Week 7: at Georgia (L)

They’ll be playing a different sport than last year when neither side appeared it had learned the art of the forward pass. Both teams are better equipped to do that. But is Kentucky equipped to get chunk plays against the Georgia defense? Probably not. Georgia’s pass-rushing tells the story. The Wildcats spend too much time behind the sticks in obvious passing situations. Georgia gets to the bye week unbeaten in SEC play while Kentucky is sitting there having lost 4 straight going into the bye.

Week 8: Bye

Week 9: at MSU (W)

It’s hard to move past last year’s 24-2 debacle, but one must. Kentucky gained 157 yards and won by 3 touchdowns. It helps when you play drop-8 coverage all night and pick off 6 MSU passes. I don’t think that repeats itself, but I also think by this point, Kentucky’s offense is a bit more settled in after a slow start to the season. Rodriguez takes over late and Kentucky quiets the cowbells in a must-win game on the road to keep bowl eligibility hopes alive.

Week 10: vs. Tennessee (W)

It took a bit, but Levis is finally settled into his role as an SEC starter. That shows against a porous Tennessee defense in a major way. In a shocking turn of events given their recent matchups, both squads show that they can throw the ball. Like, not into the arms of the opposing team. Tre’Von Morgan has his long overdue breakout game against Tennessee’s secondary, and Kentucky turns to Rodriguez and Kavosiey Smoke late to propel a much-needed home win for the first time since mid-September.

Week 11: at Vanderbilt (W)

Kentucky and Vandy might not exactly be fighting for an SEC East crown in this one, but the road squad will have plenty to play for with bowl eligibility on the line. Much like Elijah Moore did last year, Vandy has no answer for Robinson, who posts his best game of the year in what ends up being a late push for the Paul Hornung Award.

Week 12: vs. New Mexico State (W)

Nothing is impossible, but I’m gonna say a team with 3 FBS wins in the past 3 seasons probably isn’t going to be in great shape coming off a November game against Alabama. Just a thought. Beau Allen gets his most reps yet and Kentucky rolls to win No. 7.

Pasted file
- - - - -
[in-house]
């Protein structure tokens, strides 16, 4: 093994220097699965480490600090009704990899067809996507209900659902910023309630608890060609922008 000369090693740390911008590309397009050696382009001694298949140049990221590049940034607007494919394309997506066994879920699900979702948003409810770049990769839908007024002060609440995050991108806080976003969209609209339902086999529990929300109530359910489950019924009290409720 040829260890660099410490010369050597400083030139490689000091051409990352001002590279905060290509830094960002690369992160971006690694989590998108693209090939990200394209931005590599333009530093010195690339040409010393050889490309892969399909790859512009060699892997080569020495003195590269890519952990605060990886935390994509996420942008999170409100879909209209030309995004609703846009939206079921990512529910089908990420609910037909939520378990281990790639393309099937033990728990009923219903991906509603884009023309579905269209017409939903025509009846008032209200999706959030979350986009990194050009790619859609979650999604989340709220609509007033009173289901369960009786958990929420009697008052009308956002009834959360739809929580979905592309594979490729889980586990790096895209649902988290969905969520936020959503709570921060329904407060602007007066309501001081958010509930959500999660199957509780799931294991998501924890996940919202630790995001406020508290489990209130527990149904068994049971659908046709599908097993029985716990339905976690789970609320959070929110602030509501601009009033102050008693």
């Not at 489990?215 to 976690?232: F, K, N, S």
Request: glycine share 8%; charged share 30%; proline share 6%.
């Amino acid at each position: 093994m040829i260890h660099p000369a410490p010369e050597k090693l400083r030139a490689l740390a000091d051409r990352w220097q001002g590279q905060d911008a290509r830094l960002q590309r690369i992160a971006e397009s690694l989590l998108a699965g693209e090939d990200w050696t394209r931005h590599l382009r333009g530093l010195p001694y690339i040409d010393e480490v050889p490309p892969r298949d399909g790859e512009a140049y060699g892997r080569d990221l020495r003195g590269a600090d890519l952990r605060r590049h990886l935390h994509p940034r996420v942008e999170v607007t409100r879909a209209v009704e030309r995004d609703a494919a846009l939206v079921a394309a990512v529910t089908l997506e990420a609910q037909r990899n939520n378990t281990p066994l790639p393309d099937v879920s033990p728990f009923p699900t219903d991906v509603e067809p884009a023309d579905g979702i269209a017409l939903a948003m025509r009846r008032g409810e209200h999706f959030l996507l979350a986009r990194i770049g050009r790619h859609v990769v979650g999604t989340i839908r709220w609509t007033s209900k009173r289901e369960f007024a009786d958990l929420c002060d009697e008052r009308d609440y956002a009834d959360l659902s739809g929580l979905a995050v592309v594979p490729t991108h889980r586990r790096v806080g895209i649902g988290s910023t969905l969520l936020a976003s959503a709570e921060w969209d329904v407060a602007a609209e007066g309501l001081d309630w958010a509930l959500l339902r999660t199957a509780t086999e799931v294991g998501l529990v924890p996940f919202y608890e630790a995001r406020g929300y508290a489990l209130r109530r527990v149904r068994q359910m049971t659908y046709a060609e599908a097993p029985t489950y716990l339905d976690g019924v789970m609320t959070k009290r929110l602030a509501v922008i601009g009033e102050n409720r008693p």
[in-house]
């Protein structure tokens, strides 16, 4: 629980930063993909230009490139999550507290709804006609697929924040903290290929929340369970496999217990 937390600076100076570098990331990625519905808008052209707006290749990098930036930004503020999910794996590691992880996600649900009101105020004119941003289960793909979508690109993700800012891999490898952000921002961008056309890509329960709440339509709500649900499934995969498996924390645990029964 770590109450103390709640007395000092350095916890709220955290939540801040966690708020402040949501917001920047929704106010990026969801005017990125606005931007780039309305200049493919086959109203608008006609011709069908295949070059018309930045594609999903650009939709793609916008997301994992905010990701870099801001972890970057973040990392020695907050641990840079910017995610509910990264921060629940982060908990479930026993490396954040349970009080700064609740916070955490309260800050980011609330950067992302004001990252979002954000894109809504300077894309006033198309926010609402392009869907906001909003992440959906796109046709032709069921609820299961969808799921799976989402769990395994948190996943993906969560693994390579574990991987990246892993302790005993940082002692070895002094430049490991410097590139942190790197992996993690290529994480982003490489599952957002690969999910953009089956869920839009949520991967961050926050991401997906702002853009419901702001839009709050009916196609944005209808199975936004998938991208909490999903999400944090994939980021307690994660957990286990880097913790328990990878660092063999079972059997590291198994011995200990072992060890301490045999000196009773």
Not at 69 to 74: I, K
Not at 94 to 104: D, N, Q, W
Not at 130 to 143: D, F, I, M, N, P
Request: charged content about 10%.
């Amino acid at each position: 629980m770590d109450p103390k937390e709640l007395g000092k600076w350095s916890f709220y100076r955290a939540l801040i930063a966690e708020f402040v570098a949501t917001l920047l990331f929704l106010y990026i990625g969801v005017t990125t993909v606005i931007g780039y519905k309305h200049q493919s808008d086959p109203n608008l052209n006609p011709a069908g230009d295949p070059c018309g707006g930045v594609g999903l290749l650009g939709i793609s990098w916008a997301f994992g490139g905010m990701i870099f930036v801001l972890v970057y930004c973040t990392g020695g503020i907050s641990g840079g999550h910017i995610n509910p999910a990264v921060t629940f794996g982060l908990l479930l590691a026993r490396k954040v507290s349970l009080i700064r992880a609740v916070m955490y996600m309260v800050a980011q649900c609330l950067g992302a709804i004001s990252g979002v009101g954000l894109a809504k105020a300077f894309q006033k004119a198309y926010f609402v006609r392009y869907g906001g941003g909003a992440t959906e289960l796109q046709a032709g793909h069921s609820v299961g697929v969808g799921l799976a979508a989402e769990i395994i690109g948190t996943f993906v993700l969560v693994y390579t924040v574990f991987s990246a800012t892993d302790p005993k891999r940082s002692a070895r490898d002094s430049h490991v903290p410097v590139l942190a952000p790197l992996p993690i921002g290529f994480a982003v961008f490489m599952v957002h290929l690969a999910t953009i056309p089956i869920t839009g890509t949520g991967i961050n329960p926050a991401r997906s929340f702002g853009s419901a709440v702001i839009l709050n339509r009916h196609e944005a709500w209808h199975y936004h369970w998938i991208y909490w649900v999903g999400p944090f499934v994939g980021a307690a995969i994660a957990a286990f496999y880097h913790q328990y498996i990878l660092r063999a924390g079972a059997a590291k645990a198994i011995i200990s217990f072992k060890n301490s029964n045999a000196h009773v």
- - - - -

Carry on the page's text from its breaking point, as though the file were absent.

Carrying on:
Week 13: at Louisville (W)

I have these visions of Rodriguez galloping for long runs in a 200-yard performance on the road in a rivalry game. Is part of that because he had 125 yards on 9 carries against Louisville in 2019? Probably. Is part of that because he averaged 120 rushing yards in his final 4 contests to close 2020? Definitely. Is part of that because he seems like hell to bring down when teams are dealing with depth issues and just waiting to get to the finish line? Yep.

So yeah, we’ll see 200 rushing yards from Rodriguez in a Kentucky win to somehow get to 8-4.

2021 projection: 8-4 (4-4), 3rd in SEC East


Not all 8-4 seasons are created equal. There would be some disappointment if Kentucky lost 4 SEC games before the bye, especially on the road against South Carolina.

But I truly believe once the Cats have some time to settle into this new offense, it’ll be much better. That probably won’t happen until the latter half of the season, which is also when the schedule becomes a bit more favorable. Still, though. Getting to 8 wins in that fashion would feel very Stoops-like. It would have shades of 2019 when Kentucky turned an 0-3 start in SEC play into an 8-win season with Lynn Bowden at quarterback.

The difference this year is I believe Coen will hold steady with Levis. Even amidst those struggles in the first part of the season, he should show enough promise to hold his starting job. As crazy as it is for someone entering his 4th year of eligibility, Levis technically still has 2 years of eligibility left after 2021. He could really be in position to thrive once Kentucky gets more depth on the outside once guys like Morgan, Dekel Crowdus and Christian Lewis develop.

The chance to compete for a 9th win and a Top 25 finish would be on the table in this scenario. Yeah, it would be a brutal month of October, and at a place like Kentucky where basketball usually takes over the landscape by mid-fall, that wouldn’t be the best path to become the talk of the town.

But if 2021 ended with Kentucky winning 9 games for the second time in the last 35 years, I think the Big Blue faithful would welcome that with open arms.